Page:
In an effort to prevent the dome illusion from collapsing, churches tried various means of confining viewers. According to Hofstadter, "the binding of viewers to a fixed point under the dome came to serve as a metaphor for [the Church's] refusal to accept Copernican reasoning." Hofstadter calls this "the perfect visual symbol of a gigantic intellectual self-deception."

Church officials threatened Galileo with torture because he saw movement and said the earth is moving, and thereby gave priority to empirical observation over Church doctrine. Three decades earlier, the Inquisition burned Giordano Bruno at the stake for insisting that the universe consists of an infinite number of moving solar systems.

Hofstadter describes Pope Urban VIII, leader of the Catholic Church at the time of Galileo's trial, as a "chief administrator" and "manager." The pope, says Hofstadter, "legitimately worries that doctrinal chaos is erupting on his watch, and he has no clear view of what is happening." The pope decided that only the Inquisition—the "Holy Office"—could bring matters under control.

Hofstadter describes the Inquisition as "unquestionably a form of mind police... a Christian mind police...aimed not only to discover what the accused was thinking but also to reform his thoughts...to return him, fit for salvation, to the body of the church...."

The central issue in the trial of Galileo was insubordination: the challenge to official church doctrine.

This brings us full circle to the Canadian Parliament and the defeat of the bill that would have brought Canada law in accord with the UN Declaration on the Rights of Indigenous Peoples. For the dominant power in the Canadian government, the notion that it must obtain "free and informed consent" from anyone—let alone from Aboriginal Peoples—is heresy. As MP Strahl stated, "In the strongest terms, our government rejects this notion."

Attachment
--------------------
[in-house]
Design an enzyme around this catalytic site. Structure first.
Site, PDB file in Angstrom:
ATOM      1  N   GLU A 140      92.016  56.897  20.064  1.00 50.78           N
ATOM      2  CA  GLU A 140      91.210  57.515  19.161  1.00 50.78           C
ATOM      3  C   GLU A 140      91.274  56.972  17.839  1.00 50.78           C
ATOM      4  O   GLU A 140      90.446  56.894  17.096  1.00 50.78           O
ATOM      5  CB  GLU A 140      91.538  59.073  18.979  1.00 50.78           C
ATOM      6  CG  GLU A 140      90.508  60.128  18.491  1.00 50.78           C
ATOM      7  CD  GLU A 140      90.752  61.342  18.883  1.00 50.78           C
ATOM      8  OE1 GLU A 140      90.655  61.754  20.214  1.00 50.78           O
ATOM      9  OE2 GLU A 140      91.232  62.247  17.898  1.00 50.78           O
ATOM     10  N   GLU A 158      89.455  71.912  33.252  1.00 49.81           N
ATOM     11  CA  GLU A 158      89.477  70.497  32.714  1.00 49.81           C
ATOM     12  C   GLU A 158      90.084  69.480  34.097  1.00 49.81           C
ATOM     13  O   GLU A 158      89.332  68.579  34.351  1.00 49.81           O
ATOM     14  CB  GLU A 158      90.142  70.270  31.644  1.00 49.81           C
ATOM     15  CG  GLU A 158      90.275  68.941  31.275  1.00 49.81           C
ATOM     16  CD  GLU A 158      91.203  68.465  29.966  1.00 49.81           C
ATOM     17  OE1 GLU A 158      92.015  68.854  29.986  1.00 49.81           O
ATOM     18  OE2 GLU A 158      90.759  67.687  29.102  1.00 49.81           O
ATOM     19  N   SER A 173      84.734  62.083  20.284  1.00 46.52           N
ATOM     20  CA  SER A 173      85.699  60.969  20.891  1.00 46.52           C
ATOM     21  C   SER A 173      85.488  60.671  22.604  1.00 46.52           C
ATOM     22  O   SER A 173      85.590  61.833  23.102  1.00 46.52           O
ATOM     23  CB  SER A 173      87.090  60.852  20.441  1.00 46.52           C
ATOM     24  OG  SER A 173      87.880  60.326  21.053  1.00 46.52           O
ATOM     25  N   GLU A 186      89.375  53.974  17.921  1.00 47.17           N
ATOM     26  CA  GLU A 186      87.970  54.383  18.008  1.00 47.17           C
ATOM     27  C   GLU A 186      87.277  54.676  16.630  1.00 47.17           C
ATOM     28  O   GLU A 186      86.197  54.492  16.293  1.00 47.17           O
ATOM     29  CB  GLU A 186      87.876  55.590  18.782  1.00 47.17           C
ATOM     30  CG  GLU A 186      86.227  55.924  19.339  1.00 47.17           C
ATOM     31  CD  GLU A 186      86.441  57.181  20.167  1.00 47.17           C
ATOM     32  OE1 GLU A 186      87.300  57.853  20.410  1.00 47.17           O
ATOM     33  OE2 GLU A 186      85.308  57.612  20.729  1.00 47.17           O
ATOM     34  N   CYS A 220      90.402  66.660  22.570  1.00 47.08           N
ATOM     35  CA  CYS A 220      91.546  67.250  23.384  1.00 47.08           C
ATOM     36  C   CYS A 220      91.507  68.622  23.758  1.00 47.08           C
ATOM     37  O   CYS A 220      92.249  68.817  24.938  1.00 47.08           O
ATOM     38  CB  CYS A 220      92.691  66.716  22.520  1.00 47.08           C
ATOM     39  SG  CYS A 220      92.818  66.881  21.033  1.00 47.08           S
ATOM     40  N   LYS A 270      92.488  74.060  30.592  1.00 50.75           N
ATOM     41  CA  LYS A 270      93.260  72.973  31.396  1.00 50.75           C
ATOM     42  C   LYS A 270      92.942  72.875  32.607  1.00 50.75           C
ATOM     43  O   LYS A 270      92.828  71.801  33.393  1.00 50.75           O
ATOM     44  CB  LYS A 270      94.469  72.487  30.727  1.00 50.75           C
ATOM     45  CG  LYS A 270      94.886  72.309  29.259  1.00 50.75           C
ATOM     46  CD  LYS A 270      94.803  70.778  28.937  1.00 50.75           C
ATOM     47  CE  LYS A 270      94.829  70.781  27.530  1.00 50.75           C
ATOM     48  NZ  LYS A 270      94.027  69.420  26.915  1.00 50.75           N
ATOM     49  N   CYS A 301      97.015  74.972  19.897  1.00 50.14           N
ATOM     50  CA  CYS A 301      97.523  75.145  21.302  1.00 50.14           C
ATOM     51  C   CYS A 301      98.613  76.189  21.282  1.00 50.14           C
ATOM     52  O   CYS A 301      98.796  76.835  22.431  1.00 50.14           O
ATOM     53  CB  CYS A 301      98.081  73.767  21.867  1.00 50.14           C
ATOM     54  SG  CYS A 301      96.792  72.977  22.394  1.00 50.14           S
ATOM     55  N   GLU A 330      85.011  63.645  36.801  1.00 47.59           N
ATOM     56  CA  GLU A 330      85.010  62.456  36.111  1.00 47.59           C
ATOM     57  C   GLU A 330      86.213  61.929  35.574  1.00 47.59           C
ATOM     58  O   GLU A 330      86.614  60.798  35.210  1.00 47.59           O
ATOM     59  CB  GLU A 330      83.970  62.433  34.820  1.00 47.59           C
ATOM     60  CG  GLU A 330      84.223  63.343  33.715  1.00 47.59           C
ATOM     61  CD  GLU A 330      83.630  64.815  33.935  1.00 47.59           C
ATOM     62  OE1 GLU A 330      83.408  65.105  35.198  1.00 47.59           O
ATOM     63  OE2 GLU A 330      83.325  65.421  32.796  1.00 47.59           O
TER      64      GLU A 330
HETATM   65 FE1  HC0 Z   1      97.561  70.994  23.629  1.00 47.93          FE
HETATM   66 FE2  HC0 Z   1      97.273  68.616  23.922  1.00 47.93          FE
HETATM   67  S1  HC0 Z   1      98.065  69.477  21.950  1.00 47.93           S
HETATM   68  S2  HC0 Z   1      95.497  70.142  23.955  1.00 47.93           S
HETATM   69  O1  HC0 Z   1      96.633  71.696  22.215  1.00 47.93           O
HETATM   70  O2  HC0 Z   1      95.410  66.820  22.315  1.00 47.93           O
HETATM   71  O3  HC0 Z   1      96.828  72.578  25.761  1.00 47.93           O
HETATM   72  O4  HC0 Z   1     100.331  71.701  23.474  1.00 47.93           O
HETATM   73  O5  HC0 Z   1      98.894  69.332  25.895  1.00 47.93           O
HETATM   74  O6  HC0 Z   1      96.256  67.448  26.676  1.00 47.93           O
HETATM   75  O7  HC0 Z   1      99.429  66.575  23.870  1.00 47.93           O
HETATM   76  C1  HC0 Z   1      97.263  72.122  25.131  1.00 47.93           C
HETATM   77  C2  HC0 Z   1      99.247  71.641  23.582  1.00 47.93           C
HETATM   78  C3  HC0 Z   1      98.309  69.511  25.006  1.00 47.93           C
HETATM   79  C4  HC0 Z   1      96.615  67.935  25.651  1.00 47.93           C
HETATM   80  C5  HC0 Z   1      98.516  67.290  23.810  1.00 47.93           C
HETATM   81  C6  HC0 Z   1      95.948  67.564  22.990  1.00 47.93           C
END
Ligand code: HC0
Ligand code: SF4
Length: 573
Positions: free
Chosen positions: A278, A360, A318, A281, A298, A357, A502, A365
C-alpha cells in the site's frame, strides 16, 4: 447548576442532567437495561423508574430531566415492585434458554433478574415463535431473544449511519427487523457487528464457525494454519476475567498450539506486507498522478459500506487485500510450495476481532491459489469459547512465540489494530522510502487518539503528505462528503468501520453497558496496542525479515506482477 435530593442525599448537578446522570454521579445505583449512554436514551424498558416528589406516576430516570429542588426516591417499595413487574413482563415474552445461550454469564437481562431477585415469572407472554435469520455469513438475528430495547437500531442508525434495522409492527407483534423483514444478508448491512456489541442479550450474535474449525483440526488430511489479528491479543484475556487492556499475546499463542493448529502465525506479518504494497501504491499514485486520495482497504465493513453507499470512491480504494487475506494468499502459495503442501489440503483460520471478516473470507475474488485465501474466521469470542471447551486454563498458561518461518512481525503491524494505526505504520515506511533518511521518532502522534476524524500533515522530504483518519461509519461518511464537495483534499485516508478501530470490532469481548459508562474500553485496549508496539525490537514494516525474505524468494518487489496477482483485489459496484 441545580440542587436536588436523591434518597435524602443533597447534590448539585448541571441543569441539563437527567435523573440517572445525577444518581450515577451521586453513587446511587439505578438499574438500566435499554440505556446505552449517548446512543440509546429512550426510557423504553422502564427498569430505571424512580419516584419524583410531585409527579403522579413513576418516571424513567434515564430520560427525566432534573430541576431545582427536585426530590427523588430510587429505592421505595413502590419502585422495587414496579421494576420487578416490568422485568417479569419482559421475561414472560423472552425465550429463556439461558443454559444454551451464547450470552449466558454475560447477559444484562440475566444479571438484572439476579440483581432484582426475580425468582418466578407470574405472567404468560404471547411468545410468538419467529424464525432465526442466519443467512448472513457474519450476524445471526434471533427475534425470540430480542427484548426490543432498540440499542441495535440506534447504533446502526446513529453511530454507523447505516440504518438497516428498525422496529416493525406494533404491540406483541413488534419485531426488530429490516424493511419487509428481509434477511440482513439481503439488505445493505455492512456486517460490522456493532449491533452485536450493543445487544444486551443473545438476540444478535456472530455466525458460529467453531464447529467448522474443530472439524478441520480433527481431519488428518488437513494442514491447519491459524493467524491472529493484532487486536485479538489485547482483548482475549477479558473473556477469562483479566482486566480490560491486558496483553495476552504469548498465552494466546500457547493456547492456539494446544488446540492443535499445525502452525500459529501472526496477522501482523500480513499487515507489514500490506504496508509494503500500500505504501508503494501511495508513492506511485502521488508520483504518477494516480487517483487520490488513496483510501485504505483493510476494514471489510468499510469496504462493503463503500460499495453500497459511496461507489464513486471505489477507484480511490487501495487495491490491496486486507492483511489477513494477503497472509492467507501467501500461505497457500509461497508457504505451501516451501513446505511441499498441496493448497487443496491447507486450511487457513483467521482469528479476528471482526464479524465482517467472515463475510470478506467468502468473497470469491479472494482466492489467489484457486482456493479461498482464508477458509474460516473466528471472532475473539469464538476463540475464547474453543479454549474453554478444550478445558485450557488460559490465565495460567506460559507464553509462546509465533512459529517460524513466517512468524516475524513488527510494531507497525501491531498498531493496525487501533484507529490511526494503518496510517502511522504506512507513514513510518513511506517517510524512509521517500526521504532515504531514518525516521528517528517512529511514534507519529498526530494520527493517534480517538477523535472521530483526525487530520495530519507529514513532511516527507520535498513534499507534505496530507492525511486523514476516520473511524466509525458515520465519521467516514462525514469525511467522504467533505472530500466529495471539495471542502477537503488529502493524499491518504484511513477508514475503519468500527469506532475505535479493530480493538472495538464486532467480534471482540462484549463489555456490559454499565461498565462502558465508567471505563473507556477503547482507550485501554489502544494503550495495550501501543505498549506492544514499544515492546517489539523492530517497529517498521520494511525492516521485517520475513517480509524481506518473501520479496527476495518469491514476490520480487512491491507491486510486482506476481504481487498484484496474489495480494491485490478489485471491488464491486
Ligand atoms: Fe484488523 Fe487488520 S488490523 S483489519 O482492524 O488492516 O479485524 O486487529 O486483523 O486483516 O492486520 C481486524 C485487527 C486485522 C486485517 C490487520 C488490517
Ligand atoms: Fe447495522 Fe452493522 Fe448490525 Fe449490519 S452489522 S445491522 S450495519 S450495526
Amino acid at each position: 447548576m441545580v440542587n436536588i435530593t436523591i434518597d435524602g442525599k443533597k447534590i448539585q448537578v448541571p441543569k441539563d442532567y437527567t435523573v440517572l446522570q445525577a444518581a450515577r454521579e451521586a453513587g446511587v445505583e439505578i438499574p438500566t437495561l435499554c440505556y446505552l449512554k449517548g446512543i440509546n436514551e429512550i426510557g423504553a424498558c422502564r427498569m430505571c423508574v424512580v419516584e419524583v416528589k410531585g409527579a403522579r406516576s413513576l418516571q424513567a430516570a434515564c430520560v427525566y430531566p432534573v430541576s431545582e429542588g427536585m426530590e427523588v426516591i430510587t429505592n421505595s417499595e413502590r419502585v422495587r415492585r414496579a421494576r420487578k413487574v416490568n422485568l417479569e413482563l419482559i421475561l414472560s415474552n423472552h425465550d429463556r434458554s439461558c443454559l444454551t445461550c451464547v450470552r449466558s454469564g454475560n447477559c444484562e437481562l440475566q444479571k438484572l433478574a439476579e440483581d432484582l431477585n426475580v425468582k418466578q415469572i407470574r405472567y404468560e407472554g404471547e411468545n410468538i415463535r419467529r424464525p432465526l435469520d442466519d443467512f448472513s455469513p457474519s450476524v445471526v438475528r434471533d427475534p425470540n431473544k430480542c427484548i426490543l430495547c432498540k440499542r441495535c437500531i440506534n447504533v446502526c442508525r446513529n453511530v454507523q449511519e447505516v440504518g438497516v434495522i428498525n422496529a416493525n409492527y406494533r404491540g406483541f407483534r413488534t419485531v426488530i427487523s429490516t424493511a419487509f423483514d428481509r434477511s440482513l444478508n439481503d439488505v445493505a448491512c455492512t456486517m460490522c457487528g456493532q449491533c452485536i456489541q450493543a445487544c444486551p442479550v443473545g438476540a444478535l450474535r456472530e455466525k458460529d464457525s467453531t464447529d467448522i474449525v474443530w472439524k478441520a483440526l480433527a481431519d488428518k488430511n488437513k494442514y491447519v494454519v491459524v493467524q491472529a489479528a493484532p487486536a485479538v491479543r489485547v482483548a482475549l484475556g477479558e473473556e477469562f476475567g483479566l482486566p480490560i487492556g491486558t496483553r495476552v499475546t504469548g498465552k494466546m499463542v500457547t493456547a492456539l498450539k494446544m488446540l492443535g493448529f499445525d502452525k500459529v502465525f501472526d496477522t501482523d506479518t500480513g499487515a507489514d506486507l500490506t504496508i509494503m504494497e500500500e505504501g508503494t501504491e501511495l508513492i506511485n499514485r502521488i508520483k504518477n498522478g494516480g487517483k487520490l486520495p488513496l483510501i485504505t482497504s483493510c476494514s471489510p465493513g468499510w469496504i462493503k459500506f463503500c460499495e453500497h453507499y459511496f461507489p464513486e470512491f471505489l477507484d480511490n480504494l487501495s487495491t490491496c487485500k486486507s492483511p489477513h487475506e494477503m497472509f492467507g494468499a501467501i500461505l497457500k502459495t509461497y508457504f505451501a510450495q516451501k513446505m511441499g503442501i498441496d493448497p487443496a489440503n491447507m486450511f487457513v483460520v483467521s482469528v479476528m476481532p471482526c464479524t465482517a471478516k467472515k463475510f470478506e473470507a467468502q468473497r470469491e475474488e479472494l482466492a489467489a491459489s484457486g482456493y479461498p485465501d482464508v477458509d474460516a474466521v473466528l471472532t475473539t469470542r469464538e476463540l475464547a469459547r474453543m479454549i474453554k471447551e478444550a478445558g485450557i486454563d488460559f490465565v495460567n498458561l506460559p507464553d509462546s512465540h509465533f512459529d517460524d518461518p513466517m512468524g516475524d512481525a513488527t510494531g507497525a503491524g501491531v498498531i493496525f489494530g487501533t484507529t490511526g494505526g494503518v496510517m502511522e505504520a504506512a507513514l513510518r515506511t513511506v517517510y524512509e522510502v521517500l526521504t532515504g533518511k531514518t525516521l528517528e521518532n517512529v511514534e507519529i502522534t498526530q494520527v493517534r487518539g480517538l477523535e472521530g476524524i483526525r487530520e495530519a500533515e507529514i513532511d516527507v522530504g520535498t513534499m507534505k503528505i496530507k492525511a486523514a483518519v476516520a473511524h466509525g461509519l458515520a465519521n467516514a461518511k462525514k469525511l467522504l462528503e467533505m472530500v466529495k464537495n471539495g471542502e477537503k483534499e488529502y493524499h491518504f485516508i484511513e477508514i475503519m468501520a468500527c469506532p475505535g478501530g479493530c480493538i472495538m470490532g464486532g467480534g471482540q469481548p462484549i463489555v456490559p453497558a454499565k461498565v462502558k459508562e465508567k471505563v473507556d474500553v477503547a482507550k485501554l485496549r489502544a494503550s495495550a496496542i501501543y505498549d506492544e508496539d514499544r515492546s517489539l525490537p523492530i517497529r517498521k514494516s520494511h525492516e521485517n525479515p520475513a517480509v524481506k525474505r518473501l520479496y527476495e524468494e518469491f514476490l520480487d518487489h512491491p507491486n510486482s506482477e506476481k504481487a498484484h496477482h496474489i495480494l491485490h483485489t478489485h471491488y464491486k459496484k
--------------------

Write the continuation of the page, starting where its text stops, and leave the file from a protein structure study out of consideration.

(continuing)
The UN Declaration marks a turning point in the history of international relations. After more than 500 years of governments based on the Christian doctrine of "discovery," the world faces a resurgence of Indigenous self-determination. The UN Declaration challenges the sovereignty of "Christian discovery" and threatens the doctrinal stability of governments based on that notion.

This threat, just like Galileo's observations, is rooted in the power of people to see and think for themselves, and especially in the power of Indigenous Peoples to provide different and independent perspectives on the organization of the world's political-economy.

"Free and informed consent" is a heresy from the perspective of governments based on the notion of a single central sovereignty. But from an Indigenous People's perspective, where every homeland is a center and every boundary is a place of fluid and shifting relations with neighbors, "free and informed consent" is a vital part of peaceful resolution of differences among equals.

 Jose Barrerio once wrote, "Indigenous is nearly synonymous with diversity." Aboriginal Peoples represent diversity in a world where dominant powers represent central administration. Indigenous self-determination—free and informed consent—represents a way forward in a world increasingly beset by the chaos of competing central powers.

The power of the Canadian government rests on the doctrine of central domination. The power of Aboriginal Peoples rests on the empirical fact of diversity. Canada missed an opportunity to work with the perspective of diversity. Perhaps it will be ready at the next opportunity.

Peter d’Errico graduated from Yale Law School in 1968. He was Staff attorney in Dinebeiina Nahiilna Be Agaditahe Navajo Legal Services, 1968-1970, in Shiprock. He taught Legal Studies at the University of Massachusetts, Amherst, 1970-2002. He is a consulting attorney on indigenous issues.